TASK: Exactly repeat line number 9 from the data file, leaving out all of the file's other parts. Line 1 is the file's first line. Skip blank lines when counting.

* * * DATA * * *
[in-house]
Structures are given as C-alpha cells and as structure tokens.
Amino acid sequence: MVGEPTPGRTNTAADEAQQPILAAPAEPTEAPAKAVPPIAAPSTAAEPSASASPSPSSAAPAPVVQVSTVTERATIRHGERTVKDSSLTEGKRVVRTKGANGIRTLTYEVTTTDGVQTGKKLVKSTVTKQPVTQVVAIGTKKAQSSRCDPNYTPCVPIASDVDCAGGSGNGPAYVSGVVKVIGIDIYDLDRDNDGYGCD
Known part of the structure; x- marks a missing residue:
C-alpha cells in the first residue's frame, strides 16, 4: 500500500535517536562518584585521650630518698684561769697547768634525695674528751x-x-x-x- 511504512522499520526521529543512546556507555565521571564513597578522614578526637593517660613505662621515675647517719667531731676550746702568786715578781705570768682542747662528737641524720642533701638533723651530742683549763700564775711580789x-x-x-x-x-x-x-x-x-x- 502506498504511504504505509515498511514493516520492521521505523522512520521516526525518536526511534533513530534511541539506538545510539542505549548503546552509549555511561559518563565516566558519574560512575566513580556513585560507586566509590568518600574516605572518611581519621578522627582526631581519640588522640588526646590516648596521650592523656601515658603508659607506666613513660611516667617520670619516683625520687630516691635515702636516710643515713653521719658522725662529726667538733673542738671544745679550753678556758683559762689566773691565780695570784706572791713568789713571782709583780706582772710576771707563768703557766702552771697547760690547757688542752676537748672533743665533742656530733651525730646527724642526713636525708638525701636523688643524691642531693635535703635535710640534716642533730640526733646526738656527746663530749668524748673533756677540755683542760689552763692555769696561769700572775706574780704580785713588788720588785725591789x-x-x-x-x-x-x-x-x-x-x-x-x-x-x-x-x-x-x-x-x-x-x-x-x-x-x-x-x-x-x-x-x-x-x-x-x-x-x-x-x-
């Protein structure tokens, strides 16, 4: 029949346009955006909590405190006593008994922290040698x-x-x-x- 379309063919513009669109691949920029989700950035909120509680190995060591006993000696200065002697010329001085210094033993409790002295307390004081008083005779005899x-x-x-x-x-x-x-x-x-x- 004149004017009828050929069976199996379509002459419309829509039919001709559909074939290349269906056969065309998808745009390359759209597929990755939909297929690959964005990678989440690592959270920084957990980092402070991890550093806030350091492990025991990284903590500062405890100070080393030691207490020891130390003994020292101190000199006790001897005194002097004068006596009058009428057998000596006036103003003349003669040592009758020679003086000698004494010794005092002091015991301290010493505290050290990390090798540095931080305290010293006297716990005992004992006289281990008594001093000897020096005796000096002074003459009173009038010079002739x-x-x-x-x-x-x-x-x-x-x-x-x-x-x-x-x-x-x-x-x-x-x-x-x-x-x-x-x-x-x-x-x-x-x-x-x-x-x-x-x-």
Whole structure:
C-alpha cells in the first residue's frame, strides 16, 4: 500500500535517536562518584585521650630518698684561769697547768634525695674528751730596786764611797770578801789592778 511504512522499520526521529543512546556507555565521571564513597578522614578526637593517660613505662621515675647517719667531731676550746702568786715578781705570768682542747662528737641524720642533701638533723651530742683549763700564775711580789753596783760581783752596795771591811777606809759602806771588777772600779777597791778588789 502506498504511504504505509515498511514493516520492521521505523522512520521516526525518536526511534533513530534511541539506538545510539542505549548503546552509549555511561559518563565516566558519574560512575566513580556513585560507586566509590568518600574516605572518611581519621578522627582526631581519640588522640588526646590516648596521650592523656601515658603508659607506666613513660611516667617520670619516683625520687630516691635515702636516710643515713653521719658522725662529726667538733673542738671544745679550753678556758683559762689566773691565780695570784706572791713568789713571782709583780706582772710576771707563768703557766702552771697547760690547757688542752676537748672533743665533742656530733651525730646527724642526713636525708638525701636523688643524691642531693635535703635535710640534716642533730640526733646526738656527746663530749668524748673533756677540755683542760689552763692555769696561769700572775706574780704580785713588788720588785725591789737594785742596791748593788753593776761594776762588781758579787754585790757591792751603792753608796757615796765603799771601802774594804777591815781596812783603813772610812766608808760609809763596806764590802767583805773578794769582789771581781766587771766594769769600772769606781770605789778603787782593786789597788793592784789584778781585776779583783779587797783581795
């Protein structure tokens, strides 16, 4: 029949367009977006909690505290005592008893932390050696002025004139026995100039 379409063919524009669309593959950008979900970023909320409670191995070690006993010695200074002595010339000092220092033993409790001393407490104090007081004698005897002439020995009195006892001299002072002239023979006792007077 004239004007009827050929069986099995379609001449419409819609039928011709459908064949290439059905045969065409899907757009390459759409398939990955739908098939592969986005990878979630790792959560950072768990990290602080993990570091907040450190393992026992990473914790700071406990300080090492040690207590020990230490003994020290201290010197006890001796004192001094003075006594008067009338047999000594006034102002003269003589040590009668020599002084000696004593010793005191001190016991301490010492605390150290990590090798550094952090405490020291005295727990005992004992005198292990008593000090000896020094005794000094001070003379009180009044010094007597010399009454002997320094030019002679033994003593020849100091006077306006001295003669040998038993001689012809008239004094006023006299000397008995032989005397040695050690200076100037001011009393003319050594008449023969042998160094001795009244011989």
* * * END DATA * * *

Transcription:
């Protein structure tokens, strides 16, 4: 029949367009977006909690505290005592008893932390050696002025004139026995100039 379409063919524009669309593959950008979900970023909320409670191995070690006993010695200074002595010339000092220092033993409790001393407490104090007081004698005897002439020995009195006892001299002072002239023979006792007077 004239004007009827050929069986099995379609001449419409819609039928011709459908064949290439059905045969065409899907757009390459759409398939990955739908098939592969986005990878979630790792959560950072768990990290602080993990570091907040450190393992026992990473914790700071406990300080090492040690207590020990230490003994020290201290010197006890001796004192001094003075006594008067009338047999000594006034102002003269003589040590009668020599002084000696004593010793005191001190016991301490010492605390150290990590090798550094952090405490020291005295727990005992004992005198292990008593000090000896020094005794000094001070003379009180009044010094007597010399009454002997320094030019002679033994003593020849100091006077306006001295003669040998038993001689012809008239004094006023006299000397008995032989005397040695050690200076100037001011009393003319050594008449023969042998160094001795009244011989």